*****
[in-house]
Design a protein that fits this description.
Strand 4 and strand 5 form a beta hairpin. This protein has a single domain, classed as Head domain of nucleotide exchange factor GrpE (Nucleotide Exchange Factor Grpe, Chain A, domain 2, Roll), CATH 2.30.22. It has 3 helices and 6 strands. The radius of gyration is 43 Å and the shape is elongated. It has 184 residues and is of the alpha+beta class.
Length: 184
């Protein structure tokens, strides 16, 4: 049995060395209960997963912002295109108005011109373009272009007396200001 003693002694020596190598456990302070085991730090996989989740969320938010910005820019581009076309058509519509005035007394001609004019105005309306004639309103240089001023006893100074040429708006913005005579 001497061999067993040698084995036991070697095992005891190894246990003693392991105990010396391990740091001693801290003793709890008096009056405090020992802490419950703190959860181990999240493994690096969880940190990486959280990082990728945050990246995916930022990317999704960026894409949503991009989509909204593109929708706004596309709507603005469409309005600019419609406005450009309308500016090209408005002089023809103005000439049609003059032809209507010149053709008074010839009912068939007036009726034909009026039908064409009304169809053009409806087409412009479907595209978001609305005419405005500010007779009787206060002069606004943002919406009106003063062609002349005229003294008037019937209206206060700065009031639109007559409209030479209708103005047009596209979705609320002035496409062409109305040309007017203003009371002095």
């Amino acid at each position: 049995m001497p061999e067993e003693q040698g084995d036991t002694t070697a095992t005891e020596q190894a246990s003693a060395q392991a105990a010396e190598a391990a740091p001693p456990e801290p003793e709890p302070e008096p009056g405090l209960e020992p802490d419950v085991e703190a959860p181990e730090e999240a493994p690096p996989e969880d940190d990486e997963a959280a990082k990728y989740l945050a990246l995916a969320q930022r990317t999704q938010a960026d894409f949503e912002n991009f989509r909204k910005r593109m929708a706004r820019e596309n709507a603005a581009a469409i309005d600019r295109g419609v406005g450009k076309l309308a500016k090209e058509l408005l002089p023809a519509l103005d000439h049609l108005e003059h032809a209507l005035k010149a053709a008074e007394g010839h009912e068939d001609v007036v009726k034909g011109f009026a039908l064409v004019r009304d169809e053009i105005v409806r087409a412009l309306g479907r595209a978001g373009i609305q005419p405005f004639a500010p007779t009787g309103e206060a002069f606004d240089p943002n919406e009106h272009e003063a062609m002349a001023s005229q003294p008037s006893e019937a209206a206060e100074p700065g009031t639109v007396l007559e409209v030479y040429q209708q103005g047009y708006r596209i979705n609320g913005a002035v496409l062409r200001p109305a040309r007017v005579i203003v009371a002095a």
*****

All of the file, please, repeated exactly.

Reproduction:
[in-house]
Design a protein that fits this description.
Strand 4 and strand 5 form a beta hairpin. This protein has a single domain, classed as Head domain of nucleotide exchange factor GrpE (Nucleotide Exchange Factor Grpe, Chain A, domain 2, Roll), CATH 2.30.22. It has 3 helices and 6 strands. The radius of gyration is 43 Å and the shape is elongated. It has 184 residues and is of the alpha+beta class.
Length: 184
């Protein structure tokens, strides 16, 4: 049995060395209960997963912002295109108005011109373009272009007396200001 003693002694020596190598456990302070085991730090996989989740969320938010910005820019581009076309058509519509005035007394001609004019105005309306004639309103240089001023006893100074040429708006913005005579 001497061999067993040698084995036991070697095992005891190894246990003693392991105990010396391990740091001693801290003793709890008096009056405090020992802490419950703190959860181990999240493994690096969880940190990486959280990082990728945050990246995916930022990317999704960026894409949503991009989509909204593109929708706004596309709507603005469409309005600019419609406005450009309308500016090209408005002089023809103005000439049609003059032809209507010149053709008074010839009912068939007036009726034909009026039908064409009304169809053009409806087409412009479907595209978001609305005419405005500010007779009787206060002069606004943002919406009106003063062609002349005229003294008037019937209206206060700065009031639109007559409209030479209708103005047009596209979705609320002035496409062409109305040309007017203003009371002095």
């Amino acid at each position: 049995m001497p061999e067993e003693q040698g084995d036991t002694t070697a095992t005891e020596q190894a246990s003693a060395q392991a105990a010396e190598a391990a740091p001693p456990e801290p003793e709890p302070e008096p009056g405090l209960e020992p802490d419950v085991e703190a959860p181990e730090e999240a493994p690096p996989e969880d940190d990486e997963a959280a990082k990728y989740l945050a990246l995916a969320q930022r990317t999704q938010a960026d894409f949503e912002n991009f989509r909204k910005r593109m929708a706004r820019e596309n709507a603005a581009a469409i309005d600019r295109g419609v406005g450009k076309l309308a500016k090209e058509l408005l002089p023809a519509l103005d000439h049609l108005e003059h032809a209507l005035k010149a053709a008074e007394g010839h009912e068939d001609v007036v009726k034909g011109f009026a039908l064409v004019r009304d169809e053009i105005v409806r087409a412009l309306g479907r595209a978001g373009i609305q005419p405005f004639a500010p007779t009787g309103e206060a002069f606004d240089p943002n919406e009106h272009e003063a062609m002349a001023s005229q003294p008037s006893e019937a209206a206060e100074p700065g009031t639109v007396l007559e409209v030479y040429q209708q103005g047009y708006r596209i979705n609320g913005a002035v496409l062409r200001p109305a040309r007017v005579i203003v009371a002095a």